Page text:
Innerweave: The Wholeness Story
By Wil Alexander, PhD, Professor of family medicine, School of Medicine
Scarcely does autumn begin when cobwebs, witches, and “spirits” are eerily present to herald another “All Saints Day.” One is troubled that the notion of “spirit” is so costumely truncated with trick or treat that the real spirit of human being and becoming loses its own vital mystery and wonder. And great is the loss thereof.
Dr. Gerald May in his classic work, Will and Spirit, offers this rich and mysterious perspective on human “spirit”:
“Spirit, like mystery, is a concept easily confused and distorted. The Latin spiritus means “breath,” as in respiration, referring to the fundamental life force, the breath of life.... The most basic and lasting understanding of spirit is that it is the force of being, like Wordsworth’s ‘something far more deeply interfused…that impels all thinking things, all objects of thought.’ ...spirit is the aspect of our essence that gives it power, energy, and motive force.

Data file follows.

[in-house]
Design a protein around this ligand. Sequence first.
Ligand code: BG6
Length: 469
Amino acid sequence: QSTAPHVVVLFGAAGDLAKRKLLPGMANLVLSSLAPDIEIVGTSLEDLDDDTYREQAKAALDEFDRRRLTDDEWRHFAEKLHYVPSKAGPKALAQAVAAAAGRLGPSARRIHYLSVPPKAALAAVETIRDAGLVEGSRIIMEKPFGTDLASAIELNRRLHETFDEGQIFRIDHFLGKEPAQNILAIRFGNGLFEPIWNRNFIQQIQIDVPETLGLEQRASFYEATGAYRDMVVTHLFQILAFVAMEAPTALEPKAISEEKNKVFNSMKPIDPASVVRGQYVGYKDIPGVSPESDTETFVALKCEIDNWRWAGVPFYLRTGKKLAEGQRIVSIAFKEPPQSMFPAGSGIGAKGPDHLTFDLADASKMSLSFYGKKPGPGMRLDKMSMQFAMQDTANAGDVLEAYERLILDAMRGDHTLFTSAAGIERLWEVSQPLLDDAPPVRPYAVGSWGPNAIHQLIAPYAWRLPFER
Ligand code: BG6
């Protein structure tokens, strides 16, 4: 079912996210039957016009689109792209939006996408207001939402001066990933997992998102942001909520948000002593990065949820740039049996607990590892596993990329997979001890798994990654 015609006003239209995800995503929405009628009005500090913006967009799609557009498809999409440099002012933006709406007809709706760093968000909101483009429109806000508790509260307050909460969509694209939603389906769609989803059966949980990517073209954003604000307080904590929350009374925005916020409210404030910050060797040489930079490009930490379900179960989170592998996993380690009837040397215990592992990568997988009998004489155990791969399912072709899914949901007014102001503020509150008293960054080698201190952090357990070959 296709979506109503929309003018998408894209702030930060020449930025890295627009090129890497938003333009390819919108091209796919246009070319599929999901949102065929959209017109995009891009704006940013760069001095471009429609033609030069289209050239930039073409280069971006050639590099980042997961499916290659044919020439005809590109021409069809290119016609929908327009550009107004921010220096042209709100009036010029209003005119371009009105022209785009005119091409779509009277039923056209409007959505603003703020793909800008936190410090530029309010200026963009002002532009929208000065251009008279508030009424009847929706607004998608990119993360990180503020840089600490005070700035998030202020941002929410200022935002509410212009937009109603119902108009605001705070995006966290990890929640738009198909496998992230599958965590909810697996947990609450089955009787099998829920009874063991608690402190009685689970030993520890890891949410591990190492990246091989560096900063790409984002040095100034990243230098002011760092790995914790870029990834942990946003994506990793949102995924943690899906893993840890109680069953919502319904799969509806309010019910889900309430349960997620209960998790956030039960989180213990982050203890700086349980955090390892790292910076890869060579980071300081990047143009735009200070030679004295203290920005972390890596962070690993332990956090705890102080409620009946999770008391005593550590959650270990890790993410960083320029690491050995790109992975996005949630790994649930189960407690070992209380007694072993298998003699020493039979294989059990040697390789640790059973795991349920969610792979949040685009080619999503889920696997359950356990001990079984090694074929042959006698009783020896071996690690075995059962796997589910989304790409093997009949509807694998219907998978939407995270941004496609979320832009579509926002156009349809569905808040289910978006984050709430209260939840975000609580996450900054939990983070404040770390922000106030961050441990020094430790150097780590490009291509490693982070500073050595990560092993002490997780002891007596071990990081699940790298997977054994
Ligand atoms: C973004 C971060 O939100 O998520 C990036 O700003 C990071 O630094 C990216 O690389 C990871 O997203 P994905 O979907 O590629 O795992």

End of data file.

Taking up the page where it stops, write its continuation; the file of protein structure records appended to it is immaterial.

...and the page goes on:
“If spirit means the basic force of life, then it is obvious that spirit and mystery are closely related. The direct experience of being is an encounter with mystery. It is also a decidedly spiritual experience, since it confronts the lively, dynamic qualities of being…spirituality is always mysterious... . The search for an experiential appreciation of the meaning of life is a spiritual quest, and if followed deeply enough, it will inevitably come on mystery.”
Think then, what the Holy Spirit brings to our human spirit that is so mysteriously wonderful…it will make Thanksgiving and Christmas mysteriously spiritual.